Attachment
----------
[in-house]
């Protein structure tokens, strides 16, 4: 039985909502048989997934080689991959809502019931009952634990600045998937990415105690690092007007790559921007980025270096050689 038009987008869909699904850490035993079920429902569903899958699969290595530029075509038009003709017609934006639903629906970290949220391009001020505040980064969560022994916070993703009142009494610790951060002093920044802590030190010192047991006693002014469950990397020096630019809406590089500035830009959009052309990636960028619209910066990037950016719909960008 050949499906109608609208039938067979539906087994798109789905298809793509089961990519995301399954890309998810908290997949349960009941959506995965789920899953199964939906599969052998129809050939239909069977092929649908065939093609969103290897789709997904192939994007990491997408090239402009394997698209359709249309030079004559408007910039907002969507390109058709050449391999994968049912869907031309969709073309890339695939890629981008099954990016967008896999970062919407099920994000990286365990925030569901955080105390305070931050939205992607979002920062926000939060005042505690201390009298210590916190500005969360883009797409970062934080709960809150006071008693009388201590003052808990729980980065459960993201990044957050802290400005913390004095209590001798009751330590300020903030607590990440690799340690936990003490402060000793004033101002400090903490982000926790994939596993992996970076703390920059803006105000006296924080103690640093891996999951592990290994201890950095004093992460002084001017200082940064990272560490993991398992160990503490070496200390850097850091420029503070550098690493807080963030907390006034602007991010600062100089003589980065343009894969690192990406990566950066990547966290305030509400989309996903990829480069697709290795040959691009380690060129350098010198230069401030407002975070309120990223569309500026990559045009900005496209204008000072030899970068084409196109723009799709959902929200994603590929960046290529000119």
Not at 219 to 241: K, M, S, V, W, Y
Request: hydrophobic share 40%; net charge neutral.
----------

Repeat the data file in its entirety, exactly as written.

[in-house]
């Protein structure tokens, strides 16, 4: 039985909502048989997934080689991959809502019931009952634990600045998937990415105690690092007007790559921007980025270096050689 038009987008869909699904850490035993079920429902569903899958699969290595530029075509038009003709017609934006639903629906970290949220391009001020505040980064969560022994916070993703009142009494610790951060002093920044802590030190010192047991006693002014469950990397020096630019809406590089500035830009959009052309990636960028619209910066990037950016719909960008 050949499906109608609208039938067979539906087994798109789905298809793509089961990519995301399954890309998810908290997949349960009941959506995965789920899953199964939906599969052998129809050939239909069977092929649908065939093609969103290897789709997904192939994007990491997408090239402009394997698209359709249309030079004559408007910039907002969507390109058709050449391999994968049912869907031309969709073309890339695939890629981008099954990016967008896999970062919407099920994000990286365990925030569901955080105390305070931050939205992607979002920062926000939060005042505690201390009298210590916190500005969360883009797409970062934080709960809150006071008693009388201590003052808990729980980065459960993201990044957050802290400005913390004095209590001798009751330590300020903030607590990440690799340690936990003490402060000793004033101002400090903490982000926790994939596993992996970076703390920059803006105000006296924080103690640093891996999951592990290994201890950095004093992460002084001017200082940064990272560490993991398992160990503490070496200390850097850091420029503070550098690493807080963030907390006034602007991010600062100089003589980065343009894969690192990406990566950066990547966290305030509400989309996903990829480069697709290795040959691009380690060129350098010198230069401030407002975070309120990223569309500026990559045009900005496209204008000072030899970068084409196109723009799709959902929200994603590929960046290529000119």
Not at 219 to 241: K, M, S, V, W, Y
Request: hydrophobic share 40%; net charge neutral.